However, Julian feels it's regrettable that there ended up being two separate non-statutory curriculum guidance documents for the Early Years Foundation Stage framework. While Julian does acknowledge that it can be good to have different resources, his wish was that all the professionals had come together to create one document, so there was less confusion for providers about which was 'the right one'.
Julian explains that we have a lot of practice development to do in terms of assessing SEND children. As adults, Julian says, Early Years practitioners spend too much time assessing child development, especially for SEND children, and not enough time on finding different ways of making the curriculum accessible.
Julian is passionate about removing spurious age and stage bands from assessment, as this fails to acknowledge how children develop at different rates. However, it is even more important that we don't band a child with SEND as younger than they are, as this is not useful or good practice, and it doesn't help us in understanding the child's barriers to learning or learning differences.
For example, a three-year-old child with ASD may have a delay in communication and language. However, you would not address this concern by assessing them as '12 months old' for communication, as they are not communicating like a 12-month-old. The strategies Early Years providers use to support a 12-month-old's communication are not the same as those you would use for an Autistic three-year-old, so the assessment does not help to identify need or plan the right support.
Instead, professionals working with SEND (and all) children should focus on inclusive practice. Julian explains that our practice should support that child to access our curriculum, education, and experiences, rather than excluding them to special educational provision.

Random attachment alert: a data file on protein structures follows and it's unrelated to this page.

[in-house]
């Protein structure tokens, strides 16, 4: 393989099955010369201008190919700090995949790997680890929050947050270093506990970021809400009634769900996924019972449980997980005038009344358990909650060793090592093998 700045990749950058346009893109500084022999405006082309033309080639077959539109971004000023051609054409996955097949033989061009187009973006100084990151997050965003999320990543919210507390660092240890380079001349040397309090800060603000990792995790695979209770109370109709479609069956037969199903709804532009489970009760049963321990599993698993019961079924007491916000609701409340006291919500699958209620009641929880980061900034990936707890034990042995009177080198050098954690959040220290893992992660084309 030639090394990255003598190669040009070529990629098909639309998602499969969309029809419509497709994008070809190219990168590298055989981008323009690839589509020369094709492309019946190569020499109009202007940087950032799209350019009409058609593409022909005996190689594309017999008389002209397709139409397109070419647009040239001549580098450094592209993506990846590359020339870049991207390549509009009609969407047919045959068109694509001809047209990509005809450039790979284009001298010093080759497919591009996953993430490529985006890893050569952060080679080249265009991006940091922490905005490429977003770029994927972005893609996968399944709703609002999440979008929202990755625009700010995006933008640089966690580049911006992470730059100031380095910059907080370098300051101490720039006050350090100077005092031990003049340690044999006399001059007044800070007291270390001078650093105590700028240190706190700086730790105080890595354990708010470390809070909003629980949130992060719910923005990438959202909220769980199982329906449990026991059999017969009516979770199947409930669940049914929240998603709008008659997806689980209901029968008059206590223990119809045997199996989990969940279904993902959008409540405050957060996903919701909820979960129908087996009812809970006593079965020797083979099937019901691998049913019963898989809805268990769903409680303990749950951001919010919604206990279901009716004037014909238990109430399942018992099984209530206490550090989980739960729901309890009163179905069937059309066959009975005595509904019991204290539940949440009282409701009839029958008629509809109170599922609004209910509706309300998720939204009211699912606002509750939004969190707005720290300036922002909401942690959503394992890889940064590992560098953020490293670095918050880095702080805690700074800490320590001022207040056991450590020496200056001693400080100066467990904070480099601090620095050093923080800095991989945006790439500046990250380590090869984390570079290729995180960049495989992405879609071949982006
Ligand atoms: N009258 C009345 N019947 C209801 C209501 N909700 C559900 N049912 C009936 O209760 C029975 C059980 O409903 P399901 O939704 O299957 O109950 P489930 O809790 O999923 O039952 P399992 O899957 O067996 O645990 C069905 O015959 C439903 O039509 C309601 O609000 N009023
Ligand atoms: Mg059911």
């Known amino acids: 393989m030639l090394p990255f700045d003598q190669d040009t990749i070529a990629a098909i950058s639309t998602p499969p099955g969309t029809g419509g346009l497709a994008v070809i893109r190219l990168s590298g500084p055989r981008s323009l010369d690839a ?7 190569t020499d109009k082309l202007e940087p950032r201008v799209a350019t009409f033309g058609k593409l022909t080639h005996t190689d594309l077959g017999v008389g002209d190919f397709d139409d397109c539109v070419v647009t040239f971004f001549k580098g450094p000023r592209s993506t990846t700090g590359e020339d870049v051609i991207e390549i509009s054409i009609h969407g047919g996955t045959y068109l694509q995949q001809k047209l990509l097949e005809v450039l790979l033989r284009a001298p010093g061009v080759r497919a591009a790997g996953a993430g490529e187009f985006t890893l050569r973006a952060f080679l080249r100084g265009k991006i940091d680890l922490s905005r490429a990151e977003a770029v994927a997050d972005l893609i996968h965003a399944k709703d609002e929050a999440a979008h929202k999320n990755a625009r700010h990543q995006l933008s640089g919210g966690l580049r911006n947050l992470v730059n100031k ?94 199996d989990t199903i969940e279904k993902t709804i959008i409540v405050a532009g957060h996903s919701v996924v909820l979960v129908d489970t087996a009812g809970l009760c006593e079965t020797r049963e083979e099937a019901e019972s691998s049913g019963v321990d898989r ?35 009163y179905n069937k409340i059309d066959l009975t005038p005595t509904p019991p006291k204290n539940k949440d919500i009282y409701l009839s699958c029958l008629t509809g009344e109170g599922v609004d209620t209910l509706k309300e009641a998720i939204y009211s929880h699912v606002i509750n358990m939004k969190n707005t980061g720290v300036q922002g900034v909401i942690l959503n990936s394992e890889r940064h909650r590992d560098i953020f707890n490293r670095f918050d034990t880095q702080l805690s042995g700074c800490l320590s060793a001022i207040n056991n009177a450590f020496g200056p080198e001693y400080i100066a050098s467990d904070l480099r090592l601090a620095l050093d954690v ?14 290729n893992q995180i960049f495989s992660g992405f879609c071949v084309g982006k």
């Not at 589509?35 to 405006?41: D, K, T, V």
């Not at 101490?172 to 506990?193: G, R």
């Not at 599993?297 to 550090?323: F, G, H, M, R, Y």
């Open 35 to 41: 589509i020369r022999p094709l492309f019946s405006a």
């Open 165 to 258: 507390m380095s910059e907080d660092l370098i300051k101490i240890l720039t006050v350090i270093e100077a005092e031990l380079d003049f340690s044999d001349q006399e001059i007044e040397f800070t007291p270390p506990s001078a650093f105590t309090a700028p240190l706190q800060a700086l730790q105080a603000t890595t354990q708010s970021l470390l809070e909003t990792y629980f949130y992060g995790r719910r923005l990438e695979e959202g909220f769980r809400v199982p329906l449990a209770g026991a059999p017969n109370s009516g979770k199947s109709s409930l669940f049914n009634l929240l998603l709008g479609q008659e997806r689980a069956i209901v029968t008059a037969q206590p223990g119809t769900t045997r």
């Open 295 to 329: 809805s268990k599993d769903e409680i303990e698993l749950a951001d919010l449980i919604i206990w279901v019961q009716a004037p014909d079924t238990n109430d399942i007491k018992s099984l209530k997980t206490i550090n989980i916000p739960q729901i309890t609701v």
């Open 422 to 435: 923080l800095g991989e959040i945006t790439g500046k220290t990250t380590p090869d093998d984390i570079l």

A 'structured process of formative assessment' can support professionals working with SEND children to identify and celebrate their learning strengths, as well as identify the barriers to learning, so they can be addressed.
Julian recommends that as Early Years practitioners, we be much more ambitious about what progress the children with SEND in our care can achieve, with the right support.
Julian has found that creating a real focus on children's communication, through Talking Times, has had really good results. All the children have a specific time for a small group activity with a book, twice a week. Children are encouraged to take part and talk about the book, which can be less intimidating in these small groups.
Julian explains that before, they assumed that having a conversation-rich environment was enough, but they've learned that it's not good enough. While he admits it's hard to schedule this small-group time with staff, it's shown to be worth it.
Please note: here at Famly we love sharing creative activities for you to try with the children at your setting, but you know them best. Take the time to consider adaptions you might need to make so these activities are accessible and developmentally appropriate for the children you work with. Just as you ordinarily would, conduct risk assessments for your children and your setting before undertaking new activities, and ensure you and your staff are following your own health and safety guidelines.